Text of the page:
Virginia S. and Ina F. (photographing and reporting)

A particularly difficult morning

Once again we note that the Qalandiya checkpoint is not built or equipped to handle the number of people who pass through it on a standard weekday morning on their day to work, school, hospitals, etc. Therefore traversing it, whether on foot or by vehicle, becomes a daily punishment.

When we arrived at the Qalandiya checkpoint at 5:30 a.m., all five checking stations were open and the three lines leading into the “cages” already extended deep into the parking lot – and so they remained until about 7:30. At 6:30 we began to following a man at the end of one of the lines and learned that it took him 50 minutes to reach a checking station.

During the shift we spoke with a number of people on line, all of whom reported that – in contrast to the previous week – the long lines and slow pace was much the same on the previous two days of this week. To those who asked us to help improve the situation, we warmly recommended that they too take steps by asking their employers to complain about the situation at Qalandia to the Defense Ministry. We understand that other employers had already begun to do so, and the message was hopefully seeping into the consciousness of the army and the Israeli public. (Incidentally, American friends told us that an article to this effect has recently appeared in Time Magazine.)

The Humanitarian Gate was opened by a security guard at 6:15 (the DCO soldier in charge of the gate turned up ten minutes later). It operated normally until 7:30, when the DCO soldier decided it was no longer needed and declared it closed. Before leaving, however, she gave the key to the same security guard who had originally opened it.

Though the lines through the “cages” began to shorten after 7:30, at one point we asked the security guard to allow a woman with three small children – one she was carrying, the second holding her free hand, and a third who looked to be about eight or nine years old – to enter through the Humanitarian Gate so that the children would not be caught inside one of the narrow cages – a truly unpleasant experience. At first he said that it was forbidden for him to talk to us at all. When we persisted, he agreed to let this family through. But as they began to make their way toward the gate, a few other people (another woman and few elderly men, who at any rate are eligible to use the Humanitarian Gate) also began walking toward it. Seeing this movement, the security guard made quite a scene, shouting that he would allow only the mother and three children through the gate and would not open it until all the others (some six people) returned to the lines through the “cages.”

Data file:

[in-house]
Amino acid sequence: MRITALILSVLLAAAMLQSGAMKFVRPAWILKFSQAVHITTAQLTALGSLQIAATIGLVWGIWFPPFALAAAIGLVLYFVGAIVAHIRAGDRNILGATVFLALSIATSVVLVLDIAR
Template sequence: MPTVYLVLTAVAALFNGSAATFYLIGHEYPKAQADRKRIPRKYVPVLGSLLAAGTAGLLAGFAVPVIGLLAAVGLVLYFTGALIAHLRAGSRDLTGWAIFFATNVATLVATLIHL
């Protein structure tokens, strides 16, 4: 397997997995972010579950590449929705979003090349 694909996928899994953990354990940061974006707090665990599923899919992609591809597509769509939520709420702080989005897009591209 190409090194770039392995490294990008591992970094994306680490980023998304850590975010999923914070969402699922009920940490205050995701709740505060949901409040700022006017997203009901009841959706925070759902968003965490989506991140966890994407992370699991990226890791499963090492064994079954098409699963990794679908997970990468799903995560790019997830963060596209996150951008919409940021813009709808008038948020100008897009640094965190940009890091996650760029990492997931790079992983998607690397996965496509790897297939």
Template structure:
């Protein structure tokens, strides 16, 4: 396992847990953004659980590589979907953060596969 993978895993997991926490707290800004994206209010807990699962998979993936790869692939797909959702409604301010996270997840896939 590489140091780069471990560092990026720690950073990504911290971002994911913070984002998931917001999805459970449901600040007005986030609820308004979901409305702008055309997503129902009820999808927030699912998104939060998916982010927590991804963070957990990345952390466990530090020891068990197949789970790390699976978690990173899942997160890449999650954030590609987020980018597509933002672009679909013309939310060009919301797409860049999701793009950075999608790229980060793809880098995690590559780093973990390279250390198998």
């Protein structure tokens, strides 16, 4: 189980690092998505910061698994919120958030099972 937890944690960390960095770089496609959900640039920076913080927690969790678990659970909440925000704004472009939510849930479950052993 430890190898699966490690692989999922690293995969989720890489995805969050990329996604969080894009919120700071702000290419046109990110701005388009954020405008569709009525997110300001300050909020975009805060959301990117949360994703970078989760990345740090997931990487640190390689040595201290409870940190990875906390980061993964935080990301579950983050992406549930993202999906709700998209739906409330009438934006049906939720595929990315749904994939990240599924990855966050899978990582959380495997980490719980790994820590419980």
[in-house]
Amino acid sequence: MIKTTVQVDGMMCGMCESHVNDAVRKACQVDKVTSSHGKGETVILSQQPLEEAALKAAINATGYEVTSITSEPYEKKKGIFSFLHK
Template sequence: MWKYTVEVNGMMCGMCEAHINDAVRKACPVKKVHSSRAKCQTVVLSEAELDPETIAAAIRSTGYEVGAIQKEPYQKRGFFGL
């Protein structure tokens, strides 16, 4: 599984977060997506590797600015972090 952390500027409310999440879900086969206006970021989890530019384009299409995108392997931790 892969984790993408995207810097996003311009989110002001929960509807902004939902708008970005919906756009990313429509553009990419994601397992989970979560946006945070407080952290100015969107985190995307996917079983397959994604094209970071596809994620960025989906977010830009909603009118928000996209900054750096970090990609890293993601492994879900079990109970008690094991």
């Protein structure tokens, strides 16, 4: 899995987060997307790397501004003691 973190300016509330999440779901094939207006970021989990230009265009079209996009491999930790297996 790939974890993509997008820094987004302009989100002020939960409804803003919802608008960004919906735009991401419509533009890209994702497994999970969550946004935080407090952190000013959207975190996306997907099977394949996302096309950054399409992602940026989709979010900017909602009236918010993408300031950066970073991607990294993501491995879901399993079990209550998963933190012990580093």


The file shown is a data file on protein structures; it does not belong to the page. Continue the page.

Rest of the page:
“See what you’ve done!” he shouted at us, as if we had caused a war crime on his watch. We considered quietly suggesting that he take a breath and a step back to gain some perspective on the situation: all in all, a mother with three young children and a few elderly people wanted to go through the Humanitarian Gate, which they could have done anyway had they arrived a few minutes earlier. But as he continued to shout, we understood that we were facing a young man with a rifle whose self-esteem is apparently bound up with flaunting his power over the weak, and there was no point in trying to institute a dialogue. 

The woman and her children returned to one of the lines going through the “cages.” At 7:50 we lined up in the cage next to her hoping we would exit at the same time in order to help the children turn the turnstile, if necessary. Once through the “cage,” we continued to one of the checking stations and exited the checkpoint at 8:10.